Let’s go back to the beginning—his marriage with Bertha. His search for an earthly companion begins there. His avaricious father and worldly brother arrange a marriage for money. Rochester obediently goes to Jamaica to pick up his bride. We know that Rochester was never a tame, obedient man; he was also not interested in the pecuniary side of the matter. Why, then, does he go? He hears of Miss Mason’s beauty, and mistakenly assumes that virtue must come with it. He goes. He sees a striking woman—tall, magnificent, commanding, accomplished. The woman flatters him and seems to desire and love him. Isn’t that what he’s searching for? Further piqued by competition and remembering that it’s the wish of his family, he marries her.
At once he sees his mistake. He wanted virtue, modesty, benevolence, refinement, cleverness, goodness—the qualities he found in Jane. He is shocked, disappointed, repulsed. Not because doubts are cast on her character, but because he found no love but a low, base, obnoxious mind. His life is tied to such a woman, whom he cannot love, because she is incapable of love and cannot excite pity, being crude and vulgar and exacting. Yet he does not complain, tries to devour his disgust, and does not seek divorce.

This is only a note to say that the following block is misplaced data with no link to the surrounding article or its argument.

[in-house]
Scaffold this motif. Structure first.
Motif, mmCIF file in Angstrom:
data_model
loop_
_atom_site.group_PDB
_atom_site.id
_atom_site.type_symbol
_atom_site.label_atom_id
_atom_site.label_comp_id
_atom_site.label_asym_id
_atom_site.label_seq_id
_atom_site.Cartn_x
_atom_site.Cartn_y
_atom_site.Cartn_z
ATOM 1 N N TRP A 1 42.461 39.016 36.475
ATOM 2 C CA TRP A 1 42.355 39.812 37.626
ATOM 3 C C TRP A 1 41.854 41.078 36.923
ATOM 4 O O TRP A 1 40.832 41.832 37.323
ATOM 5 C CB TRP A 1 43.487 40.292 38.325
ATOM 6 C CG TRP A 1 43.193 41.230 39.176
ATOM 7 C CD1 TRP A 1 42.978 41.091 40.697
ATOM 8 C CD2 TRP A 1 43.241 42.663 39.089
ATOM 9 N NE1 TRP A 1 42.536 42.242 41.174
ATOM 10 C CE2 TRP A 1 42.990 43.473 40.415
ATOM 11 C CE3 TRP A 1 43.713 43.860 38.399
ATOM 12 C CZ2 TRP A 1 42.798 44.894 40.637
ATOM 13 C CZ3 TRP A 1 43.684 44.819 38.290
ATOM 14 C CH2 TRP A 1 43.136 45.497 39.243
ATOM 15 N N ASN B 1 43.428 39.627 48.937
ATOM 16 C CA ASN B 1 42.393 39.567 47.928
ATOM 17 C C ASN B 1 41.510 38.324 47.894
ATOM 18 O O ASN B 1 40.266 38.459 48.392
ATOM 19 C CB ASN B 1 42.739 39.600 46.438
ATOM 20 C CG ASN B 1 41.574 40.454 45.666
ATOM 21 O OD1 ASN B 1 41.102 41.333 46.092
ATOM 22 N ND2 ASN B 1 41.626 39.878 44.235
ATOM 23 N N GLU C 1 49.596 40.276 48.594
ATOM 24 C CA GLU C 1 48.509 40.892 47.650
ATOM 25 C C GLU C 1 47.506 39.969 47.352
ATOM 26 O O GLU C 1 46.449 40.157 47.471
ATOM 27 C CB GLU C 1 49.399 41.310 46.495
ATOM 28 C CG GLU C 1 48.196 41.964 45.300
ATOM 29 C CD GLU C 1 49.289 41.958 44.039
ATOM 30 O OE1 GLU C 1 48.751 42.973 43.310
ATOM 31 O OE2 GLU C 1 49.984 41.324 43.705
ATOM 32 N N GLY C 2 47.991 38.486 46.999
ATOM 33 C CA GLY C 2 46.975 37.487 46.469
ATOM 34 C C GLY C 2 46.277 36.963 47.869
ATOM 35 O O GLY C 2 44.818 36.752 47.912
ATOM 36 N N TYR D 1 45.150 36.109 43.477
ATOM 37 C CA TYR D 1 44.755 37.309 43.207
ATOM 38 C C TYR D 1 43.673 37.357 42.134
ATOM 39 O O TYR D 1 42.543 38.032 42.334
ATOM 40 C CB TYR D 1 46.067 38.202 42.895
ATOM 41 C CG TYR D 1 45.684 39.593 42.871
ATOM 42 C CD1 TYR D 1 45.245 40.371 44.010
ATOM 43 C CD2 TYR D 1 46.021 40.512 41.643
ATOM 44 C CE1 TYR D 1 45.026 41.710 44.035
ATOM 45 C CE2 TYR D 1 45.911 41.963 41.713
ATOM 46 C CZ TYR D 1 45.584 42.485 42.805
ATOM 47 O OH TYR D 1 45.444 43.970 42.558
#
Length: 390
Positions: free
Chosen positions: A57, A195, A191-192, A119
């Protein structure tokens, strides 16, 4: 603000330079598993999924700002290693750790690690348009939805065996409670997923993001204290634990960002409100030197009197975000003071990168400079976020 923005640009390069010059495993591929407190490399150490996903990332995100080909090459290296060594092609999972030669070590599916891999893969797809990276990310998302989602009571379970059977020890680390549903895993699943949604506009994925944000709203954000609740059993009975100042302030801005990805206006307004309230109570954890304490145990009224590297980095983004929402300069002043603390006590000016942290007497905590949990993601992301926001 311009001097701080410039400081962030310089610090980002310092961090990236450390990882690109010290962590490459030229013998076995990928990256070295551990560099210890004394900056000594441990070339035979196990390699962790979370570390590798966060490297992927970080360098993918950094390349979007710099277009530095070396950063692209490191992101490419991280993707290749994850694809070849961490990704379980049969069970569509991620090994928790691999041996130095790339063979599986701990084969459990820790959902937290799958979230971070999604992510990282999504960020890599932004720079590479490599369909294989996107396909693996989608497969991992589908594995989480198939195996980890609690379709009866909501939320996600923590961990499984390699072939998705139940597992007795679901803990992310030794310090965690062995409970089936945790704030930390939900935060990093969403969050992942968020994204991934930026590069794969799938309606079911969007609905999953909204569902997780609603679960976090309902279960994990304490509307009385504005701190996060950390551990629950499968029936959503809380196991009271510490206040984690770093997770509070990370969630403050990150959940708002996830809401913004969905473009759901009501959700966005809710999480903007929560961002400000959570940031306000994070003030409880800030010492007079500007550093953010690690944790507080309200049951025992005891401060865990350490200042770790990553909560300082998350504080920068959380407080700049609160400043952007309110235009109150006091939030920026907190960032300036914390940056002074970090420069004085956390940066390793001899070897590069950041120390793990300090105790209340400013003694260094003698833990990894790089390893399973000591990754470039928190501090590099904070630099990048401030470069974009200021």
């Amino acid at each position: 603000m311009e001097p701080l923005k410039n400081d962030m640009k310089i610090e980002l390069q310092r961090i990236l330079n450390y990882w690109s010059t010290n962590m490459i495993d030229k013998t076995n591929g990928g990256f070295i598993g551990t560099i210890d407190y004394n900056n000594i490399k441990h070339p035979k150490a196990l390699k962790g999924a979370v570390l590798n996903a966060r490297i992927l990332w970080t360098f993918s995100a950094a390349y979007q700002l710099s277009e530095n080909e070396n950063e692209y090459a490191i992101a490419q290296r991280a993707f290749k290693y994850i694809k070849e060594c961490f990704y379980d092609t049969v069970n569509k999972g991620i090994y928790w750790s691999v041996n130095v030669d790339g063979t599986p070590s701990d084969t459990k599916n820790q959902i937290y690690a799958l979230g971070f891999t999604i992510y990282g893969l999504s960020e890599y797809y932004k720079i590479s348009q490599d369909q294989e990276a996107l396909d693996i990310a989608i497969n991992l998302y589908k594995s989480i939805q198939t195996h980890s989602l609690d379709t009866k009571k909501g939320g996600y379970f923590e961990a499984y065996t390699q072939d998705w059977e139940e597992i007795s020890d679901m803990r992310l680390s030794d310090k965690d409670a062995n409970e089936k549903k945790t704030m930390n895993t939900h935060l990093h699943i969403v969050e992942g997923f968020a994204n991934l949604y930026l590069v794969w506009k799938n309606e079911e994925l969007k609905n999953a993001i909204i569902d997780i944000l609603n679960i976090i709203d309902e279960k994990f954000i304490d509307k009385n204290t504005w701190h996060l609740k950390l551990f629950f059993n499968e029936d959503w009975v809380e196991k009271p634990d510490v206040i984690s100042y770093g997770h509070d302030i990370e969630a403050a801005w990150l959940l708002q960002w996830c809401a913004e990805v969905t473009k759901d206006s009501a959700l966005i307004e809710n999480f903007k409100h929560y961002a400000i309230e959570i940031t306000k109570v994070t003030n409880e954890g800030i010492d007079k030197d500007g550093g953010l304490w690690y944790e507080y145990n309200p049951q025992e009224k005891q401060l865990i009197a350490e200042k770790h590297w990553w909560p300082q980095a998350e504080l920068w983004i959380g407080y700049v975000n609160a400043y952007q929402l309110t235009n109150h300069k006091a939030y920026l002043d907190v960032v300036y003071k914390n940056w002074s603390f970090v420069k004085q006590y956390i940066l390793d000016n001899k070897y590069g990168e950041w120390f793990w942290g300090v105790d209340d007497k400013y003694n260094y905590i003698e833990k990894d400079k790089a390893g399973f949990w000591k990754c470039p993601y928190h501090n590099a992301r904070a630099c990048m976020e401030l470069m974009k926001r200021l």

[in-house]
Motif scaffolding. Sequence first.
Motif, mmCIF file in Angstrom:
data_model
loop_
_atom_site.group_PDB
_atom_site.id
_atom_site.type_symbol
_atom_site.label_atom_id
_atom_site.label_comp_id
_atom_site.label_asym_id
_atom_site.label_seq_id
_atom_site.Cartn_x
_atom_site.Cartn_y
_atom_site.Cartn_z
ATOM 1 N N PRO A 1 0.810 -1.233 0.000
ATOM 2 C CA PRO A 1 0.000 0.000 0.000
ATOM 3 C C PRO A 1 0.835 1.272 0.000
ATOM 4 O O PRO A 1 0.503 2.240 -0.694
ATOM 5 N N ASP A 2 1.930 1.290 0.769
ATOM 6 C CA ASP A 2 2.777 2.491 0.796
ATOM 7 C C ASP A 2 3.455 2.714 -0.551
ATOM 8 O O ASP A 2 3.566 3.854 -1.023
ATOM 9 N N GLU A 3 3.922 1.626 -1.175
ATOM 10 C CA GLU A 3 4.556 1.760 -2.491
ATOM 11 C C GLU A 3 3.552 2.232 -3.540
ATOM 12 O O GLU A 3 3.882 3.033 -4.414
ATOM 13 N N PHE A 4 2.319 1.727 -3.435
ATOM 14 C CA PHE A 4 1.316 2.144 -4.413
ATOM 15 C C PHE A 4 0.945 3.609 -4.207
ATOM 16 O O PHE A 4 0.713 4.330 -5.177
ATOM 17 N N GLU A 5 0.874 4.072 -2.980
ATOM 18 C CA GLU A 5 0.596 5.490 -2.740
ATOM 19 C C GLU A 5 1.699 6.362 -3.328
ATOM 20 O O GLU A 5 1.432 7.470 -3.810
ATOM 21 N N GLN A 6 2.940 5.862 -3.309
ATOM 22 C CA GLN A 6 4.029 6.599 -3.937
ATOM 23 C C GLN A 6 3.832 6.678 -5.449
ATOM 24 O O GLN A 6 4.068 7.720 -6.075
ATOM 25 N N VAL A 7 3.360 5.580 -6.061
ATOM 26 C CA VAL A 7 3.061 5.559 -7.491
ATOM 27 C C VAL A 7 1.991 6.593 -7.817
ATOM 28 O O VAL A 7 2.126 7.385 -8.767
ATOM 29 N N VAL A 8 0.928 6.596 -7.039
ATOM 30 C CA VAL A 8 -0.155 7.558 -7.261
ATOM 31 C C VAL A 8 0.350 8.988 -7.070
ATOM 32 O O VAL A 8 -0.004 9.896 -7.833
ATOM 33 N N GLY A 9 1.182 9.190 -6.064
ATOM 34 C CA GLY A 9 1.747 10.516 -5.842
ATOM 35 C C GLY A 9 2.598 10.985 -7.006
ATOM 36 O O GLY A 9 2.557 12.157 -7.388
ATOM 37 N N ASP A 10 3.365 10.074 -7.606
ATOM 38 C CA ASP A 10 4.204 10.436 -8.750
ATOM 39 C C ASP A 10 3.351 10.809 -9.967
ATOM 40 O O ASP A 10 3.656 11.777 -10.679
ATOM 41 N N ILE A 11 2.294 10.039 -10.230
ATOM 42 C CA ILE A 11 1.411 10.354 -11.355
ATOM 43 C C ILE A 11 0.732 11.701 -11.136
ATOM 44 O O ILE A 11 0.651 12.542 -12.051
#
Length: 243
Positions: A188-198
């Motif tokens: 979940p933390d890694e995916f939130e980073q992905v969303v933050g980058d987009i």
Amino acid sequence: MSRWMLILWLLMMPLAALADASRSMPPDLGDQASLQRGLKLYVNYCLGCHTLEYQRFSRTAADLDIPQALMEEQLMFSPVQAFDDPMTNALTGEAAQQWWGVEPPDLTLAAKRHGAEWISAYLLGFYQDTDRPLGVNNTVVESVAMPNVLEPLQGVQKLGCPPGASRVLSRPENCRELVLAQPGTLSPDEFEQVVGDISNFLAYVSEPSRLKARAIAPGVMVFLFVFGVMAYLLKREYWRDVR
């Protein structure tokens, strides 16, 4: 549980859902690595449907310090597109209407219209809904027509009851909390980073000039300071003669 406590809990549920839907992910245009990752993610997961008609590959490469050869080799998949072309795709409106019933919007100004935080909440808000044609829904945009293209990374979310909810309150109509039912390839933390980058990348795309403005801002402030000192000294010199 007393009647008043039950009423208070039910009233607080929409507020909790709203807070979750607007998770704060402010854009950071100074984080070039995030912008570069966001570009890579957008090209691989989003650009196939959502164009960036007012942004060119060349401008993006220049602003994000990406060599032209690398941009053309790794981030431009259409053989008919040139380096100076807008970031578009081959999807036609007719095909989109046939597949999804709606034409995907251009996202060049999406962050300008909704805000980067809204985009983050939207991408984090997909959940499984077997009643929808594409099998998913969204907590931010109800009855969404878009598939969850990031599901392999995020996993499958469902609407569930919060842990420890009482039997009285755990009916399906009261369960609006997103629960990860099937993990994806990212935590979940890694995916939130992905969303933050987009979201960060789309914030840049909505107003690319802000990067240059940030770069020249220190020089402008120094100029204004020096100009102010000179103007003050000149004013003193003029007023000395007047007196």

Next, Bertha is declared mad. Rochester cannot live without love, and cannot be legally torn from the depraved woman, his wife. In his despair, he almost commits suicide, but finally goes abroad. He engages mistresses. By the laws of the society, that is wrong, but doesn’t everyone have a right to live happy? Because of his obedience to his father, society denies him happiness. What person can live without it? Rochester cannot, and he tries to find love, though he doesn’t know where to look for it.